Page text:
There is a sequence where Hayden goes missing, and Melissa Hart as Janet pulls off an amazing feat of acting. Armed only with a phone, Hart sets off on a monologue lasting several minutes in which she calls person after person searching for Hayden, fending off repeated inquiries from the social worker while juggling her search calls which overlap one another. The phrase “tour de force” is overused, but I’m mighty tempted here because Hart constantly made me forget the facts staring me in the face. By her reactions and conversations with each caller, she created all the other characters so fully that I kept forgetting there wasn’t another person on the other end of the line. She wasn’t talking to anyone. She didn’t have acting partners feeding her cues. She was doing all of this completely on her own. Yet I kept getting suckered into believing she was actually having a two-sided conversation with each and every exasperating person in her search for Hayden. Hatcher crafted a great stretch of dialogue, but you need an actress of Hart’s caliber to really make a believer out of you. And at the same time each of these offstage characters were being created for us, we kept receiving more and more pieces of the puzzle of Hayden, and how his brain got knocked out of whack.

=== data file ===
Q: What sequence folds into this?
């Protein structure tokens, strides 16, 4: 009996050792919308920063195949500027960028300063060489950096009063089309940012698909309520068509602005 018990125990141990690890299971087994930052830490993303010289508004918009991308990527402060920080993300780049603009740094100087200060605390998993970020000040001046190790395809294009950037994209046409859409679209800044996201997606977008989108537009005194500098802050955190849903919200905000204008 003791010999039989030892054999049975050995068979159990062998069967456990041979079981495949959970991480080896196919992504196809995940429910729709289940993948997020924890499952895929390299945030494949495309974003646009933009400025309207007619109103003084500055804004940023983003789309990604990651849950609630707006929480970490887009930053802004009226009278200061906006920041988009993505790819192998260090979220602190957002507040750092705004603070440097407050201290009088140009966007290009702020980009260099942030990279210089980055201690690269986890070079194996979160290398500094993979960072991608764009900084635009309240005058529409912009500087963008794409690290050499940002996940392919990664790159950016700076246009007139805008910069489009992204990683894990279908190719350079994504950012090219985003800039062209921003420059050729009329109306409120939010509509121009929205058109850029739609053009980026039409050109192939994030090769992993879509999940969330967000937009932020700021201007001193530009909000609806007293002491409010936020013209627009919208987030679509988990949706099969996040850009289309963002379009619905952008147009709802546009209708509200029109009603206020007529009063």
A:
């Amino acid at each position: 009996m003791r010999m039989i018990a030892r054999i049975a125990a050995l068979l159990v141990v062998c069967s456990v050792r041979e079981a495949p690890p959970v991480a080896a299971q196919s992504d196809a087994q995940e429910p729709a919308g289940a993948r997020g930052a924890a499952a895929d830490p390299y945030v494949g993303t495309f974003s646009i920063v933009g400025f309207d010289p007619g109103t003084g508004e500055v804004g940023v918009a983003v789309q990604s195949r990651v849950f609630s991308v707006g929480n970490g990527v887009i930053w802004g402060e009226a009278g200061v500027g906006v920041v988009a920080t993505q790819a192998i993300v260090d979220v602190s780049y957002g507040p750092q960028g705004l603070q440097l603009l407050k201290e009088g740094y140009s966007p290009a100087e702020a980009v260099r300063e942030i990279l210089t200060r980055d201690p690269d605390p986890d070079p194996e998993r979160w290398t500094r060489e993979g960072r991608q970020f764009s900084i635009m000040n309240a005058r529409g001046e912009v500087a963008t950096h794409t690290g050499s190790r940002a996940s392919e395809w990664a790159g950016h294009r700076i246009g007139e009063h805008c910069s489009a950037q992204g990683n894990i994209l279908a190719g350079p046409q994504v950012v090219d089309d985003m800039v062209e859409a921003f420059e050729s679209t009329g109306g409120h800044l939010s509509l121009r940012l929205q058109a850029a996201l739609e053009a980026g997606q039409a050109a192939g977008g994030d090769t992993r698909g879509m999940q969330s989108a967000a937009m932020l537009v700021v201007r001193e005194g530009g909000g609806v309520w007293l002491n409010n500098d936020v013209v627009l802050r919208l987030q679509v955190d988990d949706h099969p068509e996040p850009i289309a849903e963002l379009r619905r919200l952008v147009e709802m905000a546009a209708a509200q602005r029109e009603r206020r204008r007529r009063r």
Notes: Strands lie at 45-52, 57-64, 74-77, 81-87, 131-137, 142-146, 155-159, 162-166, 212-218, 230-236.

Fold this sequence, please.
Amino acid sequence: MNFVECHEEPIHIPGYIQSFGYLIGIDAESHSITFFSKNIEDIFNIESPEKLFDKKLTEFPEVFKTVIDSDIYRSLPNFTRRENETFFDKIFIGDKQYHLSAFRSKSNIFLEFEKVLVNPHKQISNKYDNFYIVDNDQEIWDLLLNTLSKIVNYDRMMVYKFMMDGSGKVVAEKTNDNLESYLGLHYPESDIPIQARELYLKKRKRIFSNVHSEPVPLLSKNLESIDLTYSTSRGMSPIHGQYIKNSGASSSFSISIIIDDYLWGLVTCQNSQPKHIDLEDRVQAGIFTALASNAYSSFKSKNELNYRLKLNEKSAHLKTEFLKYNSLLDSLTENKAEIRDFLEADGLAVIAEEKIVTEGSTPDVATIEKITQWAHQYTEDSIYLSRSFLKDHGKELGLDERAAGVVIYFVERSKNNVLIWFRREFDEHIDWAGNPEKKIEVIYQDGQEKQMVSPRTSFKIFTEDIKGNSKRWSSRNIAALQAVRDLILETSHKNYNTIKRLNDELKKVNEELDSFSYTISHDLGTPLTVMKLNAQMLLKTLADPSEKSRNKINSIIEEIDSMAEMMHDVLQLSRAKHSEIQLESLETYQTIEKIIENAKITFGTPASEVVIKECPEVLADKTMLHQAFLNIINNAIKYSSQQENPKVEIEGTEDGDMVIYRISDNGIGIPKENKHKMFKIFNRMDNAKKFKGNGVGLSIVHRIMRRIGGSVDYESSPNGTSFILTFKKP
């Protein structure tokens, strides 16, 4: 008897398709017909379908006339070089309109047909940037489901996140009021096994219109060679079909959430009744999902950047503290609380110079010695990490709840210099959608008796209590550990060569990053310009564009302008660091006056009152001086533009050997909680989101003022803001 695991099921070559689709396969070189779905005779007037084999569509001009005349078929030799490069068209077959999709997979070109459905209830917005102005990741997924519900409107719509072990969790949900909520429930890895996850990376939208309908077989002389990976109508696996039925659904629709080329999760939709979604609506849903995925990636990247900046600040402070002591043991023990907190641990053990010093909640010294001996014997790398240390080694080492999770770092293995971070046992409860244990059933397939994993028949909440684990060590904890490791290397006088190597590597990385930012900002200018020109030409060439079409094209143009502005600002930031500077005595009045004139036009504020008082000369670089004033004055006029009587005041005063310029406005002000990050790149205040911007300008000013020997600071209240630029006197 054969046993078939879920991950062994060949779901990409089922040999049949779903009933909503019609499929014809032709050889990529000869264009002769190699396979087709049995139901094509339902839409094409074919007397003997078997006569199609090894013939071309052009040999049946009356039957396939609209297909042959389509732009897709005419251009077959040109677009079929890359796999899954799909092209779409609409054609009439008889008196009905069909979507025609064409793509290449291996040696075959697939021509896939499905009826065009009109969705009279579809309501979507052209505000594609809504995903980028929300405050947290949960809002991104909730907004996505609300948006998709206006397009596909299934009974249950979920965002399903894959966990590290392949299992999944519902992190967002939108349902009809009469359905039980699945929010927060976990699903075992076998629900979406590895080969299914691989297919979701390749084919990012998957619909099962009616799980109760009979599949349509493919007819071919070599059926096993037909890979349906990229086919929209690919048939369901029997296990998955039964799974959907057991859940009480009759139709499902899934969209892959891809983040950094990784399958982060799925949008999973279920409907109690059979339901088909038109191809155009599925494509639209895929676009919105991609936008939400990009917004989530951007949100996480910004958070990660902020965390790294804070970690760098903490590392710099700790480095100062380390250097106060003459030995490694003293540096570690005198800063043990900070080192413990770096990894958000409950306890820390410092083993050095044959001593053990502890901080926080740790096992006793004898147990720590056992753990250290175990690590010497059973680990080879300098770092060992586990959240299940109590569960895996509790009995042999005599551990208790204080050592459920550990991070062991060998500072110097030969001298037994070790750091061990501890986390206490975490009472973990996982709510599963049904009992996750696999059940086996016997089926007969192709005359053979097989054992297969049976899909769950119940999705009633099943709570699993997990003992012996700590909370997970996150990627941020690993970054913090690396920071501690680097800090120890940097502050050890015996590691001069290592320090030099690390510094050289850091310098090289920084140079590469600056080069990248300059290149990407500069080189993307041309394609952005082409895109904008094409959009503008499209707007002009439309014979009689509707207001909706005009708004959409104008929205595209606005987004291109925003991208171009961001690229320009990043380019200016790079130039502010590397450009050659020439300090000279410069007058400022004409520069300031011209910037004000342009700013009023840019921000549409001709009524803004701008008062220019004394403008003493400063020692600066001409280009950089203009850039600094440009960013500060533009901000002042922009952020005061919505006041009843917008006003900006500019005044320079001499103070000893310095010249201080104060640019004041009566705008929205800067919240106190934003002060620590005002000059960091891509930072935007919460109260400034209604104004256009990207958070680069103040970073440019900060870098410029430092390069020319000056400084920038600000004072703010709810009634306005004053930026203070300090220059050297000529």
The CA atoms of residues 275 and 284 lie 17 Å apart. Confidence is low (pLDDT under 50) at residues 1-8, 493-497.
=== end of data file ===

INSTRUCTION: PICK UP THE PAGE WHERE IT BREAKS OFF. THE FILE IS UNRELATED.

Though the more I learned about Hayden, the more I actively disliked him, I have to hand it to Michael Paul Levin. Levin executes Hayden’s limited emotional and mental vocabulary with extreme precision. It’s like taking on an accent that he never drops. Boxing yourself in mentally and emotionally like that, and yet still expressing your character, that’s a real challenge for an actor, as if you’re asking them to fight with both arms tied behind their back, and occasionally tying their legs together as well. Levin puts up a great fight. I’d argue he wins, just like Hart, because I believed his character. I didn’t like him, but I believed him. Even Hayden has his moments, though. Hayden takes comfort in the movies on the TV. The TV remote is his lifeline. When he gets upset, the volume goes up. Partway into the play when Janet is upset, Hayden quickly grabs the remote and places it in her hand. Audible “aawww’s” rippled through the audience. Hatcher and Levin know how to tug the heart strings.